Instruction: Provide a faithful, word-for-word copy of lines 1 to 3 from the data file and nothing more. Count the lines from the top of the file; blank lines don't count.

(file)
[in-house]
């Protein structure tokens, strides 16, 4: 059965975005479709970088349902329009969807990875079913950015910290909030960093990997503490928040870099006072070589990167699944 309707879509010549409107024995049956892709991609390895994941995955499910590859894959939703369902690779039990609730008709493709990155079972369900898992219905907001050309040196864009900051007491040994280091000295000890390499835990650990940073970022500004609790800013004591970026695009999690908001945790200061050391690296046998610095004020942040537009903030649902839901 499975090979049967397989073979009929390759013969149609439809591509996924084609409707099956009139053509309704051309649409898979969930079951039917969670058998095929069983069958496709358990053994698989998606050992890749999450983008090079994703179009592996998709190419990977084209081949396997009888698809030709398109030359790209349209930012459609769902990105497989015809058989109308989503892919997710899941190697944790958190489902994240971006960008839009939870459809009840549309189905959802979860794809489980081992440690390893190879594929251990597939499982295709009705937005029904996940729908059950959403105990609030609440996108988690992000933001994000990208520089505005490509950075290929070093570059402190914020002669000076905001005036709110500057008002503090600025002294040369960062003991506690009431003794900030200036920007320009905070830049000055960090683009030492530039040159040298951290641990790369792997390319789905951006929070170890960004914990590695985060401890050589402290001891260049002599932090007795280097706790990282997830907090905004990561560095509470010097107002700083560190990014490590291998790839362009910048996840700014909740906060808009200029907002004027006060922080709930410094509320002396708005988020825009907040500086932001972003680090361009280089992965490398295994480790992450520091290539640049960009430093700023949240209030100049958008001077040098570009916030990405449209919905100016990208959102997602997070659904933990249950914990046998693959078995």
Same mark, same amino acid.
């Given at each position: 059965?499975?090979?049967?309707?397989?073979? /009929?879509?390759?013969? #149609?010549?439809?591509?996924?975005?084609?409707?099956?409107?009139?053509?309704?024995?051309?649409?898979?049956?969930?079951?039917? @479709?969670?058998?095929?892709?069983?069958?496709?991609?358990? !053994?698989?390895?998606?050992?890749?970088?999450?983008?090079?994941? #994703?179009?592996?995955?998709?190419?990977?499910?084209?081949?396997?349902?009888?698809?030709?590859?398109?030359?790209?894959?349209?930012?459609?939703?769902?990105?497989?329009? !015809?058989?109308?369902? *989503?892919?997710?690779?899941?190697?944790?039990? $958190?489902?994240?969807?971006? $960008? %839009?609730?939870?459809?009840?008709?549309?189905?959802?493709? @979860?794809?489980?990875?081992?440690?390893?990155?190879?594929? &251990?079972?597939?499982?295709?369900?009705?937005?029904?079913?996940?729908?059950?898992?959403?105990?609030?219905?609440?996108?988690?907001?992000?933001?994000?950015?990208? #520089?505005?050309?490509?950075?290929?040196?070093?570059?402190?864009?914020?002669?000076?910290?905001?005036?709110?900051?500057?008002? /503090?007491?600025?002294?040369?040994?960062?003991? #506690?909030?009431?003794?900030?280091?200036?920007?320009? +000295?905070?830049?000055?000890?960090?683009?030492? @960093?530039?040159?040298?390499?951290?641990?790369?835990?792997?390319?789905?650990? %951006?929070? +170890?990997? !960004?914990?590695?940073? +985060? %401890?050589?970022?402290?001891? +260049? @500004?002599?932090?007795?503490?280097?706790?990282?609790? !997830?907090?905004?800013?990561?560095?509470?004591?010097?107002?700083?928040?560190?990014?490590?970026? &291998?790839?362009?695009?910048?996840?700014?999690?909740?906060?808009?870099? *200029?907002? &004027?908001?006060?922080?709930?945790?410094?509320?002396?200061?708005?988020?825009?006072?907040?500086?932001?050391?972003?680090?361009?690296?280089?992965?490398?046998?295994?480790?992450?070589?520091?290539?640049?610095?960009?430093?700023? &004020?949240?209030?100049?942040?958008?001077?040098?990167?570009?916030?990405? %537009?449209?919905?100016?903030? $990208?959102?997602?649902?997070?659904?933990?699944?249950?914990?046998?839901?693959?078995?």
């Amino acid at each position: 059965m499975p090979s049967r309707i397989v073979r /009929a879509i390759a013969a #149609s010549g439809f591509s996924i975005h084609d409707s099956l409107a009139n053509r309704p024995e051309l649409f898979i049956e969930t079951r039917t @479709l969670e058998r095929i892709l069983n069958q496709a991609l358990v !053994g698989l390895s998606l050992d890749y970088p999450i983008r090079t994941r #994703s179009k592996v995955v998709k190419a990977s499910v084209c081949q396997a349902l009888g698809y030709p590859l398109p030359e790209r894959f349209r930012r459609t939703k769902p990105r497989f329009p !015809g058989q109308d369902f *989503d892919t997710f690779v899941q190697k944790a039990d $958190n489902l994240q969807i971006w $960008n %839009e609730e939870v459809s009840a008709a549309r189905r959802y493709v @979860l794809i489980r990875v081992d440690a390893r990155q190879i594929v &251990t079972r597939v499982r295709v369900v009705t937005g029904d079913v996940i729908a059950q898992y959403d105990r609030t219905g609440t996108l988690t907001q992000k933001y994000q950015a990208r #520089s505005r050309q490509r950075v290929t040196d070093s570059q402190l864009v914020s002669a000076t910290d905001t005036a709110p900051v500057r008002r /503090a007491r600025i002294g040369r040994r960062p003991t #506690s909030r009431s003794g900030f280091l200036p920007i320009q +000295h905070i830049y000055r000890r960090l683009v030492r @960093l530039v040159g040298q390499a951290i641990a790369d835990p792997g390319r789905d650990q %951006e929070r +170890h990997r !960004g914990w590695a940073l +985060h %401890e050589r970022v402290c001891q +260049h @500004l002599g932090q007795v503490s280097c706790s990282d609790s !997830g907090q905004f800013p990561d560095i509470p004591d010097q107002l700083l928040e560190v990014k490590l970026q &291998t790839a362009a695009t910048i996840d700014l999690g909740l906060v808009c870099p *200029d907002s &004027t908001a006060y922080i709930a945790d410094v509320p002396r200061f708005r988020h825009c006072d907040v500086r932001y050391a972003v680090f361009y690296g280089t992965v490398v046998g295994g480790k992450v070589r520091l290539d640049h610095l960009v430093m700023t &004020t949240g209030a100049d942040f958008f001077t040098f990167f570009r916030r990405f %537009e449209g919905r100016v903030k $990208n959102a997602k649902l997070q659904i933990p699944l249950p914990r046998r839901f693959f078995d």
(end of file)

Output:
[in-house]
């Protein structure tokens, strides 16, 4: 059965975005479709970088349902329009969807990875079913950015910290909030960093990997503490928040870099006072070589990167699944 309707879509010549409107024995049956892709991609390895994941995955499910590859894959939703369902690779039990609730008709493709990155079972369900898992219905907001050309040196864009900051007491040994280091000295000890390499835990650990940073970022500004609790800013004591970026695009999690908001945790200061050391690296046998610095004020942040537009903030649902839901 499975090979049967397989073979009929390759013969149609439809591509996924084609409707099956009139053509309704051309649409898979969930079951039917969670058998095929069983069958496709358990053994698989998606050992890749999450983008090079994703179009592996998709190419990977084209081949396997009888698809030709398109030359790209349209930012459609769902990105497989015809058989109308989503892919997710899941190697944790958190489902994240971006960008839009939870459809009840549309189905959802979860794809489980081992440690390893190879594929251990597939499982295709009705937005029904996940729908059950959403105990609030609440996108988690992000933001994000990208520089505005490509950075290929070093570059402190914020002669000076905001005036709110500057008002503090600025002294040369960062003991506690009431003794900030200036920007320009905070830049000055960090683009030492530039040159040298951290641990790369792997390319789905951006929070170890960004914990590695985060401890050589402290001891260049002599932090007795280097706790990282997830907090905004990561560095509470010097107002700083560190990014490590291998790839362009910048996840700014909740906060808009200029907002004027006060922080709930410094509320002396708005988020825009907040500086932001972003680090361009280089992965490398295994480790992450520091290539640049960009430093700023949240209030100049958008001077040098570009916030990405449209919905100016990208959102997602997070659904933990249950914990046998693959078995």
Same mark, same amino acid.